Following the fallout from the EU Referendum, the impact on many industries, businesses and individuals across the UK and Europe has been pronounced. As the country begins the process of transitioning out of the EU, it’s important to note how the change will impact data protection and privacy. Data protection reform is global, so Brexit is only one element to consider.
The UK has helped shape European and international data protection reform for over thirty years and has been part of the General Data Protection Regulation (GDPR) from the beginning, advocating, shaping and supporting the reforms. The principles of the GDPR aren’t new, but rather a clarification and improvement of existing laws. Data protection laws in the UK preceded EU laws by more than a decade, introducing the Data Protection Act in 1984, as a result of OECD membership. Data protection laws weren’t pioneered by the EU - the UK already had robust legislation in place, part of a global framework of data protection rules to balance privacy and international trade.
The UK is, and always has been, on the forefront of data protection reform. Over the coming months and years, we will see Brexit negotiations unfold and gain more clarity on what the future of the UK’s relationship with the EU looks like. What’s clear is that the UK isn’t going to have the ability to influence future reforms around the EU table anymore. Unlike with the beginning stages of the GDPR initiative, the UK won’t be able to lobby for upcoming reforms such as the e-Privacy Directive, focusing on enhanced protection in the digital marketing space. The UK has previously been a driver in negotiations, pushing for reform and increased protection, but Brexit means this influence will be lost.
However, it is likely the UK will continue to show leadership around data and privacy to maintain strong economic ties with the EU for economic security in the marketing sector and other industries. Baroness Neville-Rolfe DBE CMG, Minister for Data Protection, outlined at the Privacy Laws & Business annual conference on data protection that Brexit hasn't changed the problem of how to protect data. The growth in the digital economy means the need to protect citizens’ interests and data will remain a priority. She also mentioned if any country shares data with EU Member States, or for it to handle EU citizens’ data, they will need to be assessed as providing an adequate level of data protection. It is important that organisations continue to comply with the Data Protection Act.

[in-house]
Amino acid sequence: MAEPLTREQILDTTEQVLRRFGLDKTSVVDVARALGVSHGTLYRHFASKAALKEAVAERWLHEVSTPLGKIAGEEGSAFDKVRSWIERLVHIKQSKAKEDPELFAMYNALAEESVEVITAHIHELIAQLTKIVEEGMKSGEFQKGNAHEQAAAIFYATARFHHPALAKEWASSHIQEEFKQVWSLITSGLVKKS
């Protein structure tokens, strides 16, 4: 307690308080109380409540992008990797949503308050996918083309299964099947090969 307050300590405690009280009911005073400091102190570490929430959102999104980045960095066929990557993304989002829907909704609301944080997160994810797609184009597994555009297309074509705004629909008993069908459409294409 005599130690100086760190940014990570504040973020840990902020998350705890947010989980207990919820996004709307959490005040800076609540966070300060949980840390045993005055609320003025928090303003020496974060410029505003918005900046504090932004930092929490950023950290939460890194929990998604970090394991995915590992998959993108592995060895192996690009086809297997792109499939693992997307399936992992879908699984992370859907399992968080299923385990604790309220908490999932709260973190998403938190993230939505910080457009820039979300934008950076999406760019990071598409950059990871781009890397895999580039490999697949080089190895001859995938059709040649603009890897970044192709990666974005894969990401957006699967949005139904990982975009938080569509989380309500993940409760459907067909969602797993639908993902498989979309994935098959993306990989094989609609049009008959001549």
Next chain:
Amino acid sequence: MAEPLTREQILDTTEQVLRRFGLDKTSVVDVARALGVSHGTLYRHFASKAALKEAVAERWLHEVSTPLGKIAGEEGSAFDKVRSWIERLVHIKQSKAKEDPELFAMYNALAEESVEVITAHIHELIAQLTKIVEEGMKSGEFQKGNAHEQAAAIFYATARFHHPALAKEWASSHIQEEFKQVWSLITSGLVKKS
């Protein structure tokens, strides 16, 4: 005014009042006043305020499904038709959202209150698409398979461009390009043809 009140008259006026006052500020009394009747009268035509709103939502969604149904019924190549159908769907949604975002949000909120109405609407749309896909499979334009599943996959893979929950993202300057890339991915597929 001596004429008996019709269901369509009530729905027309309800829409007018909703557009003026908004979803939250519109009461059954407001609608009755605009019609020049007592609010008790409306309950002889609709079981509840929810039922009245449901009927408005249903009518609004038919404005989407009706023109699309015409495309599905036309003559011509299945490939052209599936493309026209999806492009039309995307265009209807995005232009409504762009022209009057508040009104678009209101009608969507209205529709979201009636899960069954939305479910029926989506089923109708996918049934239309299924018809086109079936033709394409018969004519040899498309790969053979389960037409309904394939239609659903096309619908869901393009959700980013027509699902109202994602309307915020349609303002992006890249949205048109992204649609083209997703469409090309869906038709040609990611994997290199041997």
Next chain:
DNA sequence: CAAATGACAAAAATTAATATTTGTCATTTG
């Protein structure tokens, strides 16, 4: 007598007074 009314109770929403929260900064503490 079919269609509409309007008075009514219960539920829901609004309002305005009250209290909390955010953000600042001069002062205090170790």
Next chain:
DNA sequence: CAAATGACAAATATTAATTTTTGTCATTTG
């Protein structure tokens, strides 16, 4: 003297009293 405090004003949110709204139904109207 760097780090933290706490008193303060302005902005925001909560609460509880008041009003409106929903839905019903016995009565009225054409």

Over the past year, we’ve already seen the UK take steps towards greater privacy standards, even before the GDPR comes into force. The UK is ploughing ahead and putting people in front of courts, issuing record fines and building up a whole body of knowledge about people breaching current regulations. For instance, since the Information Commissioner’s Office law changes around nuisance marketing last year, £2 million in fines have been issued. Although EU data protection reforms are yet to be confirmed, the UK hasn’t been waiting. UK regulators understand the changes set to come and, as well as more investigations and fines, the ICO has re-issued its direct marketing guidance, already bringing the UK closer to GDPR standards. The Digital Economy Bill gives this guidance a statutory basis.
Another important point to note is legislation is only one piece of the puzzle when it comes to data protection. Businesses must also consider industry codes and commercial contracts alongside customer satisfaction, company ethos and company accreditations. Regular data breaches gaining mass media attention have meant consumer awareness around the risks of sharing personal data are firmly on the public’s mind, with a reported 9 out of 10 consumers wanting more control over the data they share.
There is a growing intolerance for data misuse. Businesses are being forced to accept that privacy matters. Customers will always expect more from brands than the minimum legal standards. In many ways, the specific details of laws don’t matter as much as understanding the principles that the laws are trying to promote and protect - transparency, fairness and consumer protection.
Looking to the future, the UK is unlikely to turn its back on respect for privacy and data protection or walk away from the OECD and the international trade benefits it brings. Brexit doesn’t mean the UK will abandon the fundamental principles of data protection and privacy. While our influence on the main stage will be reduced, our legacy and commitment to robust data protection legislation should remain.